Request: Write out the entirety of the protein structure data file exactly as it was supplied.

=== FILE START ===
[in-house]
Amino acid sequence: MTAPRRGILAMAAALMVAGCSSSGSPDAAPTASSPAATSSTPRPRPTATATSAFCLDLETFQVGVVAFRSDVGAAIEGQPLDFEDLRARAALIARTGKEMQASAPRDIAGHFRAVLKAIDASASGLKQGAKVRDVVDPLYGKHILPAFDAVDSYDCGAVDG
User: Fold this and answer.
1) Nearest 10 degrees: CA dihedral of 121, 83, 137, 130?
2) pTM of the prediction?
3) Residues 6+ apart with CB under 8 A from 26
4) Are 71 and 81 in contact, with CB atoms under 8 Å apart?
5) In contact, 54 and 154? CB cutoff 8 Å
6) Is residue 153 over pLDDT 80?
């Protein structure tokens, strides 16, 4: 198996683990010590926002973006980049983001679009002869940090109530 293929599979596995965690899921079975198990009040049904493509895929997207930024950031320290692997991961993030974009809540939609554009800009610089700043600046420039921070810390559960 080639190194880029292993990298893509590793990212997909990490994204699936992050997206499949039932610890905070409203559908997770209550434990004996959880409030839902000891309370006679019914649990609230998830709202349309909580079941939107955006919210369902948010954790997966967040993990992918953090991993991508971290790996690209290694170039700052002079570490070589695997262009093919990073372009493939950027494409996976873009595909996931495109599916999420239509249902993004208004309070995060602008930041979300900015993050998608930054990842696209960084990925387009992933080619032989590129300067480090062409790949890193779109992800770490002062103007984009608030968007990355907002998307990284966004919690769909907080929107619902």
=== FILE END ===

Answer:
[in-house]
Amino acid sequence: MTAPRRGILAMAAALMVAGCSSSGSPDAAPTASSPAATSSTPRPRPTATATSAFCLDLETFQVGVVAFRSDVGAAIEGQPLDFEDLRARAALIARTGKEMQASAPRDIAGHFRAVLKAIDASASGLKQGAKVRDVVDPLYGKHILPAFDAVDSYDCGAVDG
User: Fold this and answer.
1) Nearest 10 degrees: CA dihedral of 121, 83, 137, 130?
2) pTM of the prediction?
3) Residues 6+ apart with CB under 8 A from 26
4) Are 71 and 81 in contact, with CB atoms under 8 Å apart?
5) In contact, 54 and 154? CB cutoff 8 Å
6) Is residue 153 over pLDDT 80?
């Protein structure tokens, strides 16, 4: 198996683990010590926002973006980049983001679009002869940090109530 293929599979596995965690899921079975198990009040049904493509895929997207930024950031320290692997991961993030974009809540939609554009800009610089700043600046420039921070810390559960 080639190194880029292993990298893509590793990212997909990490994204699936992050997206499949039932610890905070409203559908997770209550434990004996959880409030839902000891309370006679019914649990609230998830709202349309909580079941939107955006919210369902948010954790997966967040993990992918953090991993991508971290790996690209290694170039700052002079570490070589695997262009093919990073372009493939950027494409996976873009595909996931495109599916999420239509249902993004208004309070995060602008930041979300900015993050998608930054990842696209960084990925387009992933080619032989590129300067480090062409790949890193779109992800770490002062103007984009608030968007990355907002998307990284966004919690769909907080929107619902």